To appear in the proceedings of the "Computing in the Genome Era" conference, Washington, DC, March, 1997
This paper provides experimental results on Bacteriorhodopsin and homologs, comparing this method, Bayesian Evolutionary Tree Estimation (Bete), against Maximum Likelihood and Star Decomposition from the MOLPHY suite, Maximum Parsimony and Neighbor-Joining from the PHYLIP suite, and a quartet method (Puzzle) from Arndt Von Haeseler and Strimmer. These results and others (data not shown) suggest that Bete provides several advantages over existing tree-estimation methods. It is robust with respect to differing evolutionary clocks among taxa, differing mutation rates at sites in the molecule, handles deletions of portions of the molecule among taxa, and produces tree topologies that agree more closely with accepted phylogenies and functional subgroups within the data. Bete is also computationally efficient in the number of taxa (n^2 log(n), where n=the number of taxa), so that large numbers of sequences (in the hundreds) may be used as input to the tree-estimation process.
To appear in the proceedings of ISMB98, Montreal, Canada, June 1998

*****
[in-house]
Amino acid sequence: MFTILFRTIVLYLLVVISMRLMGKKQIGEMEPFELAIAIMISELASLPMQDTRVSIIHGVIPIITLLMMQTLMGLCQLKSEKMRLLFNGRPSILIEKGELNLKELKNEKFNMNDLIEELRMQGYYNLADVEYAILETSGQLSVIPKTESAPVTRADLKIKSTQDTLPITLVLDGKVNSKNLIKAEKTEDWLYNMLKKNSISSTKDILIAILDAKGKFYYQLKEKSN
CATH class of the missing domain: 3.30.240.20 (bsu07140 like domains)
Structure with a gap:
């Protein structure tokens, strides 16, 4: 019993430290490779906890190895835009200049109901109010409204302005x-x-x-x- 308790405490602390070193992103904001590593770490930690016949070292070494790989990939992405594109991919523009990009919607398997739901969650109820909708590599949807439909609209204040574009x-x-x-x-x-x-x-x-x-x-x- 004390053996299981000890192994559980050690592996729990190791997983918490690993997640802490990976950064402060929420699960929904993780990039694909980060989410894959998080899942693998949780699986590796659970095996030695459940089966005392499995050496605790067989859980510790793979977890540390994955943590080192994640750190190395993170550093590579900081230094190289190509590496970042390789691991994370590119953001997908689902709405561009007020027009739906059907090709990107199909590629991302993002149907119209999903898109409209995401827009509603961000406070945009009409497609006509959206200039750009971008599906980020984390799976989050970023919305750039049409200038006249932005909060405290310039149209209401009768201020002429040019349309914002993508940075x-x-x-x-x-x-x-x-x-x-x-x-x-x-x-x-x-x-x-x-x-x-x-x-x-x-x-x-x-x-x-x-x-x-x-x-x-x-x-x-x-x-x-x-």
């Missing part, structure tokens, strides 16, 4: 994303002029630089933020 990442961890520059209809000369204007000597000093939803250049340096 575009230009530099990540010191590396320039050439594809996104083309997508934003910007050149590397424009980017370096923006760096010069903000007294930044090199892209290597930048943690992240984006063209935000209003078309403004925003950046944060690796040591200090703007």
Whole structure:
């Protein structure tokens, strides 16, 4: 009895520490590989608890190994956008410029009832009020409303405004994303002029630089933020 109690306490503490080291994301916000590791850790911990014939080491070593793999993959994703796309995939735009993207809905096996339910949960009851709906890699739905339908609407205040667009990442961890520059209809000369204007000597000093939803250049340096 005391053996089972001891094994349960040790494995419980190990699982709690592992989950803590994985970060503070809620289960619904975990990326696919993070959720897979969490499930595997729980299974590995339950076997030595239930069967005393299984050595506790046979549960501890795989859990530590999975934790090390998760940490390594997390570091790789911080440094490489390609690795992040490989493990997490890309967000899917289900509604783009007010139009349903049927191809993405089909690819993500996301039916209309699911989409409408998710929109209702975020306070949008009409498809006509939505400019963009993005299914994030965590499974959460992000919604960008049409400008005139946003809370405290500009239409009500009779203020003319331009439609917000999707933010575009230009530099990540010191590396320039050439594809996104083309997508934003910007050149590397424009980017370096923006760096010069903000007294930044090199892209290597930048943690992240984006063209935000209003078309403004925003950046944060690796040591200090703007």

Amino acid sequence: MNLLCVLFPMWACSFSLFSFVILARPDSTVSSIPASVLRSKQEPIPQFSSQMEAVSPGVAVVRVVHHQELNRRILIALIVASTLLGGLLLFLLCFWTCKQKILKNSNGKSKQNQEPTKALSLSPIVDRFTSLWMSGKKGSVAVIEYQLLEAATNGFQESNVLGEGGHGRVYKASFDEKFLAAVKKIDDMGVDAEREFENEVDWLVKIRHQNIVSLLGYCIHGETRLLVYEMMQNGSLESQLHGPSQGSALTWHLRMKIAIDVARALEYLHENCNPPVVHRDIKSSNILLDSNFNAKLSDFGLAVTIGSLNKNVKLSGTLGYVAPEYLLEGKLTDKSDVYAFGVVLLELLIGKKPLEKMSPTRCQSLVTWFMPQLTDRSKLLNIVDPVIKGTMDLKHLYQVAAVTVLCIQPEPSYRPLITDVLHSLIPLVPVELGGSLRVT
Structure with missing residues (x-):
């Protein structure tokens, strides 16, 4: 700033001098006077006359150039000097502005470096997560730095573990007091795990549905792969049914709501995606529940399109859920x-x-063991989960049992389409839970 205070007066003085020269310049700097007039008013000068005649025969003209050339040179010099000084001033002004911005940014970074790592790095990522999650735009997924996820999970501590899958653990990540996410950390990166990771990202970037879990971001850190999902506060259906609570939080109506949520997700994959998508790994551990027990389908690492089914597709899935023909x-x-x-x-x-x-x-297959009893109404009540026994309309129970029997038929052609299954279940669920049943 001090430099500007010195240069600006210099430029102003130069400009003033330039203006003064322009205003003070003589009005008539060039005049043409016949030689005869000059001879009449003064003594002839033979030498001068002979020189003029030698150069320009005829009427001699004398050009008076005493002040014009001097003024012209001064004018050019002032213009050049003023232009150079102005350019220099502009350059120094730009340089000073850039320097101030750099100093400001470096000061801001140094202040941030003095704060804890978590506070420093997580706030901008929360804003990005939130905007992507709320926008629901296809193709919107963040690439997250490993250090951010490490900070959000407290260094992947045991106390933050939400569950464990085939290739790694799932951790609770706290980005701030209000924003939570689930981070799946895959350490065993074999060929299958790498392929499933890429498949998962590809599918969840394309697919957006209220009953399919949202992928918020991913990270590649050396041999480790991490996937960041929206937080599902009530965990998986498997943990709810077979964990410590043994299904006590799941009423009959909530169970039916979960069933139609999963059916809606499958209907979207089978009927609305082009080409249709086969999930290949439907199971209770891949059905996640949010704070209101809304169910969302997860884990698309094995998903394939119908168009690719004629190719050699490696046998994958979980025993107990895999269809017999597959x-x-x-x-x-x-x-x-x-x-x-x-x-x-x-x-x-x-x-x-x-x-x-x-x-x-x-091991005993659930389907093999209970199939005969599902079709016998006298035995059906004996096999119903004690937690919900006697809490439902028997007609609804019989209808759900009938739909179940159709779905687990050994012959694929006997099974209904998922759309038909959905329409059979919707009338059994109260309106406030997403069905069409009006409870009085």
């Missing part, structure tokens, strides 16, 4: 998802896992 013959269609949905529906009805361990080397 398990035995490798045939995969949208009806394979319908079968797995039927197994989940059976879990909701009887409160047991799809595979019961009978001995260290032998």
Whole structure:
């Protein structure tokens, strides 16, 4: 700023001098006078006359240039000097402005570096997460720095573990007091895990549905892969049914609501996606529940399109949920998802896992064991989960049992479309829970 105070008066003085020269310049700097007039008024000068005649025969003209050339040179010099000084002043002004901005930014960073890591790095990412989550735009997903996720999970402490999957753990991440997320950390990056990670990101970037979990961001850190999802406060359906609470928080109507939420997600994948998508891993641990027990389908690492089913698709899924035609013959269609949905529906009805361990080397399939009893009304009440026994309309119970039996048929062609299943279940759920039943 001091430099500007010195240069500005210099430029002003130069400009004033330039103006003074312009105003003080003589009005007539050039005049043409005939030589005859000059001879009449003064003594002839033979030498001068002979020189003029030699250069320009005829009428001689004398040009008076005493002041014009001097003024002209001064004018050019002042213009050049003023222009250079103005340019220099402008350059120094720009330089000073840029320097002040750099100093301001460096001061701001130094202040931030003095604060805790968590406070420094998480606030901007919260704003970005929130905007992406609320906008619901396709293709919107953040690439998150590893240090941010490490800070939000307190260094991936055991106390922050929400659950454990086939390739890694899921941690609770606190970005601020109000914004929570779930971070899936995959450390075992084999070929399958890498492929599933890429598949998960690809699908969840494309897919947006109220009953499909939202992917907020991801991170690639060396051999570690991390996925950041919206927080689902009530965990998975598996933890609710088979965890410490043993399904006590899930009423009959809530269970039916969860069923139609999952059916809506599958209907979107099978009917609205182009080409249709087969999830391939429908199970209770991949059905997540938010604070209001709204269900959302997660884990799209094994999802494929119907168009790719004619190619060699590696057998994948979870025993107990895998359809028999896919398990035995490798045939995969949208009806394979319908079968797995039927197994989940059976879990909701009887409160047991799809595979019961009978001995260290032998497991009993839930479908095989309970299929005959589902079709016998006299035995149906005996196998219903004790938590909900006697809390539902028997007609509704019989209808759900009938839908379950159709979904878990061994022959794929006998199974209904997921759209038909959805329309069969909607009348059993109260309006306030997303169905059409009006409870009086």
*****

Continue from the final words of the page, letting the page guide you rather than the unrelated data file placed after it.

Hidden Markov Models (HMMs) are applied to the problems of statistical modeling, database searching and multiple sequence alignment of protein families and protein domains. These methods are demonstrated on the globin family, the protein kinase catalytic domain, and the EF-hand calcium binding motif. In each case the parameters of an HMM are estimated from a training set of unaligned sequences. After the HMM is built, it is used to obtain a multiple alignment of all the training sequences. It is also used to search the SWISS-PROT 22 database for other sequences that are members of the given protein family, or contain the given domain. The HMM produces multiple alignments of good quality that agree closely with the alignments produced by programs that incorporate three-dimensional structural information. When employed in discrimination tests (by examining how closely the sequences in a database fit the globin, kinase and EF-hand HMMs), the HMM is able to distinguish members of these families from non-members with a high degree of accuracy. Both the HMM and PROFILESEARCH (a technique used to search for relationships between a protein sequence and multiply aligned sequences) perform better in these tests than PROSITE (a dictionary of sites and patterns in proteins). The HMM appears to have a slight advantage over PROFILESEARCH in terms of lower rates of false negatives and false positives, even though the HMM is trained using only unaligned sequences, whereas PROFILESEARCH requires aligned training sequences. Our results suggest the presence of an EF-hand calcium binding motif in a highly conserved and evolutionarily preserved putative intracellular region of 155 residues in the alpha-1 subunit of L-type calcium channels which play an important role in excitation-contraction coupling. This region has been suggested to contain the functional domains that are typical or essential for all L-type calcium channels regardless of whether they couple to ryanodine receptors, conduct ions or both.